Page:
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Co-Parenting a Child with Someone who Suffers From a Personality Disorder; Here are a few Things to Consider

 

 

 

Co-parenting – Co-parenting (or Co-parenting) means sharing physical or legal custody of a child when you are separated or divorced.

Here are a few things to consider when you are Co-parenting a child with someone who suffers from a personality disorder.

Personal Safety – Personal Safety is a list of actions that are designed to keep situations from escalating and to make sure that Physical, Emotional and Verbal abuse is avoided or stopped at the first moment it begins to happen. It contains ideas on when to stop the conversation, when to leave the room and when to call the police.

Put Children First – Put Children First means making decisions based on “what is in the best interests of the children”, regardless of the consequences for the parents and any other parties involved.

Parallel Parenting – Parallel Parenting is a form of parenting in which a divorced couple assumes or are assigned specific parental duties while minimizing or eliminating contact with each other, thus minimizing exposure of the children to potential conflict.

Parental Alienation Syndrome – Parental Alienation Syndrome is a term which is used to describe the process by which one parent, who is typically divorced or separated from the other biological parent, uses their influence to make a child believe that the other estranged parent is bad, evil or worthless.

Sexual Allegations in Divorce (SAID) – Sexual Allegations in Divorce (SAID) is a common occurrence in disputed child custody cases in which one parent makes false or exaggerated claims about sexual abuse of a minor child at the hands of the other parent.

Child Abduction – Child Abduction is a serious, yet common occurrence when people who suffer from personality disorders become involved in a custody dispute. Approximately 82% of more than 200,000 child abductions every year are perpetrated by family members.

Take the long term view.

You have to look at the long term and decide where you want to be in 5 years from now. Things are likely to get worse, not better, immediately after the divorce; you may face all kinds of threats and accusations that you never imagined. Others of you will be hovered and offered the world by your spouse or SO if you will just stay and work things out. You need to keep your eye on what is in the best interests of your children and yourself long-term.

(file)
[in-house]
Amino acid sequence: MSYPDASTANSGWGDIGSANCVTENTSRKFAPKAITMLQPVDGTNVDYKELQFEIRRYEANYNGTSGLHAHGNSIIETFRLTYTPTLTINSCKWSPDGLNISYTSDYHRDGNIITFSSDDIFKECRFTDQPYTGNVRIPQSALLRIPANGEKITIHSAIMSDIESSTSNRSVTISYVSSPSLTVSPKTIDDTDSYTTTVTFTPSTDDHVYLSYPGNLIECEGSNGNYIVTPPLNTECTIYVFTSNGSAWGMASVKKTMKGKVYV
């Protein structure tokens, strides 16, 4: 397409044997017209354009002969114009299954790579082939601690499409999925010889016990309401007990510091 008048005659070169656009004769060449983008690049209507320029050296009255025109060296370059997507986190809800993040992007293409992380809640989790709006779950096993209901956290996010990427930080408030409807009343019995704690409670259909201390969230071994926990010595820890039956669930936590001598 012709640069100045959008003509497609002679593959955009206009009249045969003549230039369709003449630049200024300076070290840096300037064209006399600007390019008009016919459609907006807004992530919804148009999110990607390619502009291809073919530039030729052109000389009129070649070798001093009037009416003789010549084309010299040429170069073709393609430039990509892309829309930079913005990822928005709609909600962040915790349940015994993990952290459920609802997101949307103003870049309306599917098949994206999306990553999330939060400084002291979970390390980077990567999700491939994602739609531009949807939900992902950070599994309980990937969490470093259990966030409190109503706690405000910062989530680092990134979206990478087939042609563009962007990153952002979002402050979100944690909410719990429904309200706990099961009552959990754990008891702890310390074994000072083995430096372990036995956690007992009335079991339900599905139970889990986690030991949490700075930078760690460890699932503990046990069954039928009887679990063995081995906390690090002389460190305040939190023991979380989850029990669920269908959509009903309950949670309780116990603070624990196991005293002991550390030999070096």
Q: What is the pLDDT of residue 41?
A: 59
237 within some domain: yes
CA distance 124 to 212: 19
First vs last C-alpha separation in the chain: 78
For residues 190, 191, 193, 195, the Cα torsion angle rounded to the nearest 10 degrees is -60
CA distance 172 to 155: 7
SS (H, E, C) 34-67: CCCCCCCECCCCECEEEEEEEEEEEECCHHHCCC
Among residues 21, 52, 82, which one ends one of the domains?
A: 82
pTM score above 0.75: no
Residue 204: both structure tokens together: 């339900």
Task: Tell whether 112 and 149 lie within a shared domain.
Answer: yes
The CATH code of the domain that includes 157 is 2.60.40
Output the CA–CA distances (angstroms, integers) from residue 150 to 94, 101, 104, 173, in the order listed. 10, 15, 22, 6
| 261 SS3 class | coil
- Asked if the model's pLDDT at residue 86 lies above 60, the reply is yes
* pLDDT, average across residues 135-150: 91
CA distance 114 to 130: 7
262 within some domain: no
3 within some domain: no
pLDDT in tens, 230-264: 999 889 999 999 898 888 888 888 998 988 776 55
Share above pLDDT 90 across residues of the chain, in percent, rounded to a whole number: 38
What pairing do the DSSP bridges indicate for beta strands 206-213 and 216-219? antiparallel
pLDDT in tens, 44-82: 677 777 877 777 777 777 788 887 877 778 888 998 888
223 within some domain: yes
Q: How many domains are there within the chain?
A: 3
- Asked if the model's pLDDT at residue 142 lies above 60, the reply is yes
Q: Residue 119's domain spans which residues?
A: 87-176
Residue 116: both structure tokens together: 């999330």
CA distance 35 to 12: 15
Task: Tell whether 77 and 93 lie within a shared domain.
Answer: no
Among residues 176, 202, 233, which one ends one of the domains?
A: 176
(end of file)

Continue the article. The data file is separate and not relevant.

Don’t go it alone.

Leaving may have been one of the loneliest experiences in the world. You were giving up on “the dream” of a happy relationship and you will grieve and mourn for the loss of something that was important to you. This is a time to surround yourself with as much support as you can – from sound legal representation and advice to good friends, responsible and supportive family members, support groups, message boards like this, therapists and counselors. You will go through the roller coaster of emotions. Fill your life with as many strong allies and good things as you can to help you cope.

Hope.

There is a life after divorce. You have lost something, but at the end you can find yourself on the other side, out of the fog – free from the fear and the obligation and the guilt. Making your own decisions, no longer trying to push the rock up the hill.

Many of us have walked the path you are on, and survived, won our children, our security and our dignity. We salute those of you who are still on the road and wish you our best.

US Child Custody Statistics

Many people believe that mothers are naturally better caregivers than fathers; the US courts seem to agree. US Divorce Statistics show that a divorcing mother is 7 times more likely to retain sole custody of her children than a father:

USA 1990 Custody Statistics (19 States reporting) Percentage Sole possession granted to mother 72.5%Sole possession granted to father 10.3%Joint possession 15.7%Possession granted to other person(s) 1.4%

Sources:

http://www.divorcepeers.com/stats17.htm

http://outofthefog.net/Relationships/CoParenting.html

Fathers, who want to protect their children from an abusive mother, are sometimes afraid to take legal action because they fear:

  • Facing ridicule or disbelief from police or social services.
  • Losing all contact with their children at the hands of a gender-biased legal system
  • Facing steep legal costs.
  • Facing abuse themselves at the hands of the perpetrator
  • Being judged by their communities, families and friends.

 

 

Child Support Statistics

When it comes to child support, US census data indicates that:

  • 79.6% of custodial mothers receive a child support award
  • 29.9% of custodial fathers receive a child support award

US census data also indicates that fathers are more likely to fulfill their child support obligations than mothers:

  • 43% of moms required to pay child support are “deadbeat moms” – i.e. they default on 100% of the money they owe,
  • 32% of dads required to pay child support are “deadbeat dads” – i.e. they default on 100% of the money they owe.

One of the reasons that “deadbeat dads” get most of the bad press in the popular media is that there are a lot more of them – primarily for 2 reasons:

  • There are 7 times more fathers than mothers who do not have primary custody of the children.
  • Fathers are 3 times more likely than mothers to be ordered to pay child support than their female counterparts.

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National Domestic Violence Hotline  1-800-799-SAFE (7233)

Come visit our facebook page at My Emotional Vampire

 

 

 

 

 

 

 

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